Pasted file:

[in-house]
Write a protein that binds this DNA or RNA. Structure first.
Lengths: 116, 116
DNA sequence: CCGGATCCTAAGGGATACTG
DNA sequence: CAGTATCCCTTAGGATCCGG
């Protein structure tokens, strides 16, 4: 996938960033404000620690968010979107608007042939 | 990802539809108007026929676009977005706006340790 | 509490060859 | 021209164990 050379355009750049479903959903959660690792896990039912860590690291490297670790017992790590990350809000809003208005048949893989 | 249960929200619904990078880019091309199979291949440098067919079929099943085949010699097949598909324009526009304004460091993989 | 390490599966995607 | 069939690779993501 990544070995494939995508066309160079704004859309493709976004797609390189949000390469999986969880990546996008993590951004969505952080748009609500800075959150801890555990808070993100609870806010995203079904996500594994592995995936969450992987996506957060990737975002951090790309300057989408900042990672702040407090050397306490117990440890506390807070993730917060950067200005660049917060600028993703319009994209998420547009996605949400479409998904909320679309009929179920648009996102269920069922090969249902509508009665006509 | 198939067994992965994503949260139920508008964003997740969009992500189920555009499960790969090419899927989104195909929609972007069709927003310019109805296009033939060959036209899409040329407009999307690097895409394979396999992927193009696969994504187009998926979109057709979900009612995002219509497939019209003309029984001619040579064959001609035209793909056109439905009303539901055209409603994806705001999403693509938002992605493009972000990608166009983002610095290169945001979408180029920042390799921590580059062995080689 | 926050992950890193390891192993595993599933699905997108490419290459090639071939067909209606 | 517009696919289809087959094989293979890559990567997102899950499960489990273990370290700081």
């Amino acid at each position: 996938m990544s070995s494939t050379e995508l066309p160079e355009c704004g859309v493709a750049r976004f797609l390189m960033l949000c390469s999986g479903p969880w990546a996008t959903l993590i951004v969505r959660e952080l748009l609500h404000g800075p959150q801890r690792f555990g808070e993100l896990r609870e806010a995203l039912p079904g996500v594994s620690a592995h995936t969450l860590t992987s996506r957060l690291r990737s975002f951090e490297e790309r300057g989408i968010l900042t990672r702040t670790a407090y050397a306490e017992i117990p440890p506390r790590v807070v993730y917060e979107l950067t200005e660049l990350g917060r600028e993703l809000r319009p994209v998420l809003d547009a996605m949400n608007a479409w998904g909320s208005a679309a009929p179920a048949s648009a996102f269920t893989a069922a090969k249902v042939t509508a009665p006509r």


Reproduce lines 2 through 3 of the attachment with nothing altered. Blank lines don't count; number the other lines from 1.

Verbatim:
Write a protein that binds this DNA or RNA. Structure first.
Lengths: 116, 116